Please see my Wikipedia entry (under Bernard J. Baars) and my basic theoretical ideas about consciousness under Global Workspace Theory. http://en.wikipedia.org/wiki/Bernard_Baars

I'm an experimental psychologist by training, and early on became deeply committed to understanding the fundamental questions of consciousness, volition, and self. When I got started that was not really allowed in academic psychology, but I persisted, and was able to make a difference over a long period of time. Currently we are seeing a historic wave of brain and psychological findings on those topics, which is so big that nobody is really keeping up with it all. However, with Dr. Nicole Gage, I've written an introductory college textbook that I believe does as good a job as possible, called "Cognition, Brain & Consciousness: An Introduction to Cognitive Neuroscience." (Elsevier, Inc., Academic Press, 2007; 2nd edition is now in press). I've also written a general audience book called "In the Theater of Consciousness: The Workspace of the Mind". (Oxford University Press, 1997), and other works.

If the Amazon Kindle program works, I might do some Kindle publishing soon!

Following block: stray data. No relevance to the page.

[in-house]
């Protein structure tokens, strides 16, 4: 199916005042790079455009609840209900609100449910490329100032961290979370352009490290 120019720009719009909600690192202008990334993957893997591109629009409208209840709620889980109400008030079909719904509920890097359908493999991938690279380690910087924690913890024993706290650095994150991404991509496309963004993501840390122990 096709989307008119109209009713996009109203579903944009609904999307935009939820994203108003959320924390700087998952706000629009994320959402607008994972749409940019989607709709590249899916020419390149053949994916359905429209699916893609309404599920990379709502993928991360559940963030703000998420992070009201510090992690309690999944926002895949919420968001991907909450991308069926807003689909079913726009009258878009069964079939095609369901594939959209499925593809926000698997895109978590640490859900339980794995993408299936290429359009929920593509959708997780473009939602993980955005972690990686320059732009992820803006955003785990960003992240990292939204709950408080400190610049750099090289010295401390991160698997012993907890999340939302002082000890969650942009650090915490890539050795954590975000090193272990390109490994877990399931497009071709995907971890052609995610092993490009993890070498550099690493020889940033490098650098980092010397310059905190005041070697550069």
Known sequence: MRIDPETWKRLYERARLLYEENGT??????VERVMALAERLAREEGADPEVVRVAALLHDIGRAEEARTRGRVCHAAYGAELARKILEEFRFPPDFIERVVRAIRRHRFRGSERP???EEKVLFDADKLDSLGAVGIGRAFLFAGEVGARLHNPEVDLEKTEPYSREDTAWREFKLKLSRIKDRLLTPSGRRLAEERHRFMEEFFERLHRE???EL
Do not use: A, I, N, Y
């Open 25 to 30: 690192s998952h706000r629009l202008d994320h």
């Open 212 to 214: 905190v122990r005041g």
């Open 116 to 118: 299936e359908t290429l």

I am also interested in "higher" states, in altered mind and brain states, and in all the varieties of conscious and unconscious phenomena. It's a huge field, but we are learning a great deal. So we do our best to make sense out of it all; it's a tremendous amount of fun!

My co-editor Nicole Gage and I are very interested in hearing from instructors who are using, or considering our textbook. We ***NEED*** your input! If you are interested in consciousness from an up-to-date scientific point of view, you might consider our University of Arizona WebCourse, through the Center for Consciousness Studies, the University of Arizona, Tucson.

Thank you very much!

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Most Helpful Customer Reviews

33 of 34 people found the following review helpful By Dr. Lee D. Carlson HALL OF FAMEVINE VOICE on February 27, 2004
Format: Paperback Verified Purchase